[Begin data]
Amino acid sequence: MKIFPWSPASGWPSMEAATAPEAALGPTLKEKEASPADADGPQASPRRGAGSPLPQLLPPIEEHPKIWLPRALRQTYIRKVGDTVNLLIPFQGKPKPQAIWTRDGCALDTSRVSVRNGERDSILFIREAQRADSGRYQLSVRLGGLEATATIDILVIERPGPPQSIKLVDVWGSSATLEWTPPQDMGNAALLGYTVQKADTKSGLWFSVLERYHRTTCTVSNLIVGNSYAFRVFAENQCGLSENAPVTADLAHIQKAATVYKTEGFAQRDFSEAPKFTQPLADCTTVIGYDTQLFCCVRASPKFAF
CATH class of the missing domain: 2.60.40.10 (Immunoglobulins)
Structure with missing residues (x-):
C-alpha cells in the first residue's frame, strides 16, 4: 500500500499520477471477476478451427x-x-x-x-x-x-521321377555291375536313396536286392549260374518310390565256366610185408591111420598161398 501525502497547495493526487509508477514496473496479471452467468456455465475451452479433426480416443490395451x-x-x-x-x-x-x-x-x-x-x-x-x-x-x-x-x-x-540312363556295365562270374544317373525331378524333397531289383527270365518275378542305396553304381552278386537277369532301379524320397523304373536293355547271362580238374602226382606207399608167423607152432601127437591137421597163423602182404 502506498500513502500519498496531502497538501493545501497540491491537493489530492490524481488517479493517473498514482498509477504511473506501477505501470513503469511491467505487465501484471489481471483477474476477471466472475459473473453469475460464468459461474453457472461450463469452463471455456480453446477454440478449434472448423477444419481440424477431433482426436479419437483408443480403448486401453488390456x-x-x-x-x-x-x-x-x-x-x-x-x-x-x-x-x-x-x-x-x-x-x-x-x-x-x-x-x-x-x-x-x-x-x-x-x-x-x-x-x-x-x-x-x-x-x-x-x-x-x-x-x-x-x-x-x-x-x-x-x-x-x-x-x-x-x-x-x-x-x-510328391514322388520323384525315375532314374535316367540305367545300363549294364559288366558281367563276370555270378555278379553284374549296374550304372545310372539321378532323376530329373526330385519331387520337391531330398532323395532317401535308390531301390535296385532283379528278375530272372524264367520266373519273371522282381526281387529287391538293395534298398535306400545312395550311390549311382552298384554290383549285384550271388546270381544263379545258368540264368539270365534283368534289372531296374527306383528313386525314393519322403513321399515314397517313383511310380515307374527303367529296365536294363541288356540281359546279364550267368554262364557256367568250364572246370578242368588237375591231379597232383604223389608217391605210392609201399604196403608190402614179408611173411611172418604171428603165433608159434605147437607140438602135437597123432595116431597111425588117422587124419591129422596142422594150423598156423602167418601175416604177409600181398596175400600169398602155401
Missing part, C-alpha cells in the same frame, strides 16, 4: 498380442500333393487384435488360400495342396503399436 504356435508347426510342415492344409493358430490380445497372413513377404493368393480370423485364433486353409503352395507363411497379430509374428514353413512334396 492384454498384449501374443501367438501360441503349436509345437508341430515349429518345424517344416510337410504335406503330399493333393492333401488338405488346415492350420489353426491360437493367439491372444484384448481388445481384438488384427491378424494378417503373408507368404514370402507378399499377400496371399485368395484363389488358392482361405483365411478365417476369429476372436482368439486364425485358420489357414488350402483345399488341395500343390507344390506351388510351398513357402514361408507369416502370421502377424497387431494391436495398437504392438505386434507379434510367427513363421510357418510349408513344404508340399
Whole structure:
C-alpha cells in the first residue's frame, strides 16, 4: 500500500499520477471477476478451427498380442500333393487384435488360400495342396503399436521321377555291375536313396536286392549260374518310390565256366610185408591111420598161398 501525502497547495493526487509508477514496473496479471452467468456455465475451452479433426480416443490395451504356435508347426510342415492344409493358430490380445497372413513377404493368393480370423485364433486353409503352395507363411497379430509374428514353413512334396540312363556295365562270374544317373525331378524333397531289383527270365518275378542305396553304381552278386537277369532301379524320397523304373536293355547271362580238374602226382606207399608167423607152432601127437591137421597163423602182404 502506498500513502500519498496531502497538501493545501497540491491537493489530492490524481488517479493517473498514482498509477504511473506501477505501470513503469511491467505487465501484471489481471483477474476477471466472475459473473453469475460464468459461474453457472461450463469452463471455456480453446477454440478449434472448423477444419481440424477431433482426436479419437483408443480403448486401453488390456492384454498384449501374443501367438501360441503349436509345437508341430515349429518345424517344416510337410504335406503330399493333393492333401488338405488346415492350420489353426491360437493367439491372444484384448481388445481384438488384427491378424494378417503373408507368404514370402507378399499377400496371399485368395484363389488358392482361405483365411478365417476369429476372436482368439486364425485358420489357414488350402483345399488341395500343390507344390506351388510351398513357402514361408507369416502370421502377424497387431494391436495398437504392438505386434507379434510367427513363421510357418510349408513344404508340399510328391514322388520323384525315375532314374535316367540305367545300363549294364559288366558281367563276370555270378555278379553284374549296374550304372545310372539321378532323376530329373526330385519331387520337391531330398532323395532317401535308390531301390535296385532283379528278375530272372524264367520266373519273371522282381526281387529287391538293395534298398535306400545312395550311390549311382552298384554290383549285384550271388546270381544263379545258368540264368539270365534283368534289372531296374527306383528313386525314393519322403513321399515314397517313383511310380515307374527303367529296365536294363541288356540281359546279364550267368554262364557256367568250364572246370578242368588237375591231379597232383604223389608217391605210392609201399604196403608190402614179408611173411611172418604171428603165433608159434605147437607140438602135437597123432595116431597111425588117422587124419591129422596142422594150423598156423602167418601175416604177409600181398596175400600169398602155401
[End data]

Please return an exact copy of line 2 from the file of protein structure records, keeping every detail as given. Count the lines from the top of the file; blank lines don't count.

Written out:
CATH class of the missing domain: 2.60.40.10 (Immunoglobulins)